by Robert Havey
Since 2015, the Michigan in the World program has brought undergraduate researchers to the Bentley for a deep dive into a particular historical moment or theme. In the summer of 2019, LSA History Professor Deirdre de la Cruz and her team of research fellows explored the Bentley’s archive for material relating to the Philippines during the first 35 years of American colonialization.
The Philippines had been a colony of Spain for centuries before it became a U.S. territory in the aftermath of the 1898 Spanish-American War. As part of the Treaty of Paris, Spain sold the Philippines, Guam, and Puerto Rico to the United States for $20 million. Filipino nationalist groups, who had been denied representation at the negotiations, fought unsuccessfully against their new colonial government. The Philippines would not be fully independent of the United States until 1946.
Professor de la Cruz’s idea for her Michigan in the World project was to explore this complex time in Philippine history through primary sources at the Bentley, with a focus on underrepresented voices including native Filipinos and women. This approach presented challenges, since much of the material about that era comes from the papers and records of American men. De la Cruz not only needed to plan on what materials the fellows would research, but also teach them how to dig deep enough to uncover the material’s hidden stories.
De la Cruz brought her idea for the project to the Bentley’s “Engaging the Archives” seminar in winter 2019. The seminar was an opportunity for faculty members from around the university to collaborate with archivists on how to use primary sources in their classrooms.
“For part of the seminar we were supposed to produce a syllabus where we would use something from the collections,” said de la Cruz in an interview with the Bentley. “What I decided to do was, rather than have my final assignment be a regular semester course, was to have it be this Michigan in the World project.”
De la Cruz used the seminar as an opportunity to discuss her concerns with archivists about the potential bias in the material. “I think I posed it as a challenge to everybody as to how we could, with an archive that might be so weighted in one direction in terms of who’s represented, think creatively about finding sources, hearing voices, and telling stories that problematize the bigger imperial picture.”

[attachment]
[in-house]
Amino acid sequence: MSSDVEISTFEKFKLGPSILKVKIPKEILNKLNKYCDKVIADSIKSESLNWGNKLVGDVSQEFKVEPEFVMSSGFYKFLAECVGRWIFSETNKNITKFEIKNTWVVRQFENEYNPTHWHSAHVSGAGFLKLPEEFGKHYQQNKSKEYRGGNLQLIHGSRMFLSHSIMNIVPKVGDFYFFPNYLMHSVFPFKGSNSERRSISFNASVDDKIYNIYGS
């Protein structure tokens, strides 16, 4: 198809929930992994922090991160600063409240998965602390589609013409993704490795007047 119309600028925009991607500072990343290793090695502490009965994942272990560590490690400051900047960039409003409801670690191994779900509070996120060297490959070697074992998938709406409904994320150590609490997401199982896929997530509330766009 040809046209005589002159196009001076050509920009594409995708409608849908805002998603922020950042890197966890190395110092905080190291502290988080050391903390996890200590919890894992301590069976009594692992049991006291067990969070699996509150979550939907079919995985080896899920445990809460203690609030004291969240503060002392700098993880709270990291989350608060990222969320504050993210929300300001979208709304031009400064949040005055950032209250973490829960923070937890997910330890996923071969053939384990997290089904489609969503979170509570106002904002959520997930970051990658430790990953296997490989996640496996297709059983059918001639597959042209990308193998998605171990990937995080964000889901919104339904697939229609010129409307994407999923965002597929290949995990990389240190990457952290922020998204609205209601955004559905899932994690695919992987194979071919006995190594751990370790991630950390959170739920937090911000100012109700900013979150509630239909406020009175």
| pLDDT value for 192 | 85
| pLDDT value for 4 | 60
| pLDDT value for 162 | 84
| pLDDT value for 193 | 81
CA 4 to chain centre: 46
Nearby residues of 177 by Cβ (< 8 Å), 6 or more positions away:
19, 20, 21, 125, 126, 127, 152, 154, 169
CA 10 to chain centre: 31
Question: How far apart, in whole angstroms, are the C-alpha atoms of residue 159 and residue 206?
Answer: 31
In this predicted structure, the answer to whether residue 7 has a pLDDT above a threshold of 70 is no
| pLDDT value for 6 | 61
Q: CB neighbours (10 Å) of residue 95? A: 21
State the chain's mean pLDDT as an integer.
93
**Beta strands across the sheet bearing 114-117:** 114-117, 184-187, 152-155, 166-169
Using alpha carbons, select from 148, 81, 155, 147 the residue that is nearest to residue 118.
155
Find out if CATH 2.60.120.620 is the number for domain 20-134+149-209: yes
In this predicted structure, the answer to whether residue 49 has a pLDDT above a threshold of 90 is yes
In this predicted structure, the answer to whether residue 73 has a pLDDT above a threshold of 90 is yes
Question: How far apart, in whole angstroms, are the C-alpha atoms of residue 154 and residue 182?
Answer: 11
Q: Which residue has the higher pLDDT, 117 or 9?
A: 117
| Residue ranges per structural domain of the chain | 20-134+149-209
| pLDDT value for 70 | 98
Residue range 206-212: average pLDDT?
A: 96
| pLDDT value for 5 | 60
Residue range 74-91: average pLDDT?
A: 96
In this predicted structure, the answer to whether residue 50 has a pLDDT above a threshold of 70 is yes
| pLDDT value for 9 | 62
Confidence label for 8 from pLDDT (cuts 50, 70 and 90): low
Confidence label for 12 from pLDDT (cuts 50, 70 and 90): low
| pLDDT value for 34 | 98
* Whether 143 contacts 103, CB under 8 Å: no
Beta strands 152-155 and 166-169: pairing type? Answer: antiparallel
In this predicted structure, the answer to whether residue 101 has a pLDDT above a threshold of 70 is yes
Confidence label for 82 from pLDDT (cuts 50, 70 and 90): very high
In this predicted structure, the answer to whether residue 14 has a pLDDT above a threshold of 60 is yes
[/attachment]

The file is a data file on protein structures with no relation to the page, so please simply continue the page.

Ultimately, her Michigan in the World students were eager to tackle this challenge. After preliminary classes on the basics of archival research, they dove into boxes of material at the Bentley.
They found a collection of an American teacher who saved many of his students’ essays, which provided a rare opportunity to read firsthand accounts of life by native Filipinos. News reports from the Detroit News and the digitized Michigan Daily helped offer perspective on how the situation in the Philippines was viewed by Americans. “There were debates that were staged and then recorded in The Michigan Daily,” de la Cruz says, with opinions both in favor of and against colonization.
De la Cruz says that showcasing diverse perspectives was a critical component of the class. “It was really important to me that no group—American, Filipino—was seen as a monolithic category.”
The students’ research touched on many sensitive subjects, like racism, sexism, and violence, but de la Cruz says the undergraduates “brought a real level of maturity and thoughtfulness to these questions. They’ve been asking themselves: how do we research and write about this subject in a rigorous manner while still being able to take a critical angle to the history that it tells?”
Stipends for the students who studied the Philippines this summer were provided by the Jones Fund for Engaged Education, a gift from Bentley donor and U-M alumnus Thomas C. Jones (B.B.A, ’68, M.B.A. ’71), whose support will cover all the stipends for the students in this program for a total of five years.
This session of Michigan in the World is now complete, but the class will be building a website, and de la Cruz thinks there is an opportunity to expand the scope of the project to include multiple classes: “The idea is that the website that we build becomes the foundation for a continually growing digital exhibit and resource center for future teaching. There is so much [at the Bentley] that’s related to the Philippines, this project could really keep growing with every iteration of a course that I teach.”